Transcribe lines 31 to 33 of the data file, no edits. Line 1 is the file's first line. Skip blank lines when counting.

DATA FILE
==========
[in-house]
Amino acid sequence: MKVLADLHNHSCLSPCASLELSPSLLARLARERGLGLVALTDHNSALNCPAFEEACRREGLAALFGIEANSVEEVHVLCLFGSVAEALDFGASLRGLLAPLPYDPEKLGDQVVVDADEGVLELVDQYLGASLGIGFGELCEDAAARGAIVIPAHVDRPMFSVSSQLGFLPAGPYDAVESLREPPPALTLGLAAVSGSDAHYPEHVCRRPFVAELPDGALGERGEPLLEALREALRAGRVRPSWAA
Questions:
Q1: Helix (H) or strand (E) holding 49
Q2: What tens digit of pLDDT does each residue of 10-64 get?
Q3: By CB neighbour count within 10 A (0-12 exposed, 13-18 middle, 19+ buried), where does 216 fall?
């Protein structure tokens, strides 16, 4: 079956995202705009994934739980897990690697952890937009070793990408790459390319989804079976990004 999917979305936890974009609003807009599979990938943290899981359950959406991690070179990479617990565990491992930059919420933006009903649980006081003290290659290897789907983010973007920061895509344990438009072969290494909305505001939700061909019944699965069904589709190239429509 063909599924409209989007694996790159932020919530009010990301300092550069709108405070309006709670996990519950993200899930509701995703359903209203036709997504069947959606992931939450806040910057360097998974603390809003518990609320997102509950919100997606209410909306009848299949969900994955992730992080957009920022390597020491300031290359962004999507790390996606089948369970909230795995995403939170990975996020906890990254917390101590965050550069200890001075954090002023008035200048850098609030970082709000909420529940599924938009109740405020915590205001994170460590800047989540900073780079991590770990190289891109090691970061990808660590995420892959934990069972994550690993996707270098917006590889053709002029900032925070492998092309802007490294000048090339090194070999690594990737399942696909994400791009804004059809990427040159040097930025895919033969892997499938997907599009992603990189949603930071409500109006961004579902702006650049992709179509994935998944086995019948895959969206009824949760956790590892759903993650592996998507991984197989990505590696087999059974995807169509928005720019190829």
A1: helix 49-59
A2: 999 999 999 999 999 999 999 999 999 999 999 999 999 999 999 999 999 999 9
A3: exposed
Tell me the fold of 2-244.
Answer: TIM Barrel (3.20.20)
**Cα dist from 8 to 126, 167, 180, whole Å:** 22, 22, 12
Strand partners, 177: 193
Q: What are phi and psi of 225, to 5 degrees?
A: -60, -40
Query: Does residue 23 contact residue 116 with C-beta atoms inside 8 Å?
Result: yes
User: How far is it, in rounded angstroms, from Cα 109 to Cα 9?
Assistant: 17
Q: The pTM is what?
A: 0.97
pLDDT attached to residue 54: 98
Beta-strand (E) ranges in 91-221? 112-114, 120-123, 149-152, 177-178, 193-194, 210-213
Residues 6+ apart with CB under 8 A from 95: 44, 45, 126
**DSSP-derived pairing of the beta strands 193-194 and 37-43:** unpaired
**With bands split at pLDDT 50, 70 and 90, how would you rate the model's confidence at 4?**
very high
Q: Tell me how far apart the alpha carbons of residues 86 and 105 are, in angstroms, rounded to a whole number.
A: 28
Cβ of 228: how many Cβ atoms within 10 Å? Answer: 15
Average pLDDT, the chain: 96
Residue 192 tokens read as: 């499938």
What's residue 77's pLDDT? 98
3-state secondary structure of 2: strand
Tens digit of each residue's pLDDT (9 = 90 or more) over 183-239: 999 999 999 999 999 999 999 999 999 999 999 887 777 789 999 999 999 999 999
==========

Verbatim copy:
Cβ of 228: how many Cβ atoms within 10 Å? Answer: 15
Average pLDDT, the chain: 96
Residue 192 tokens read as: 């499938």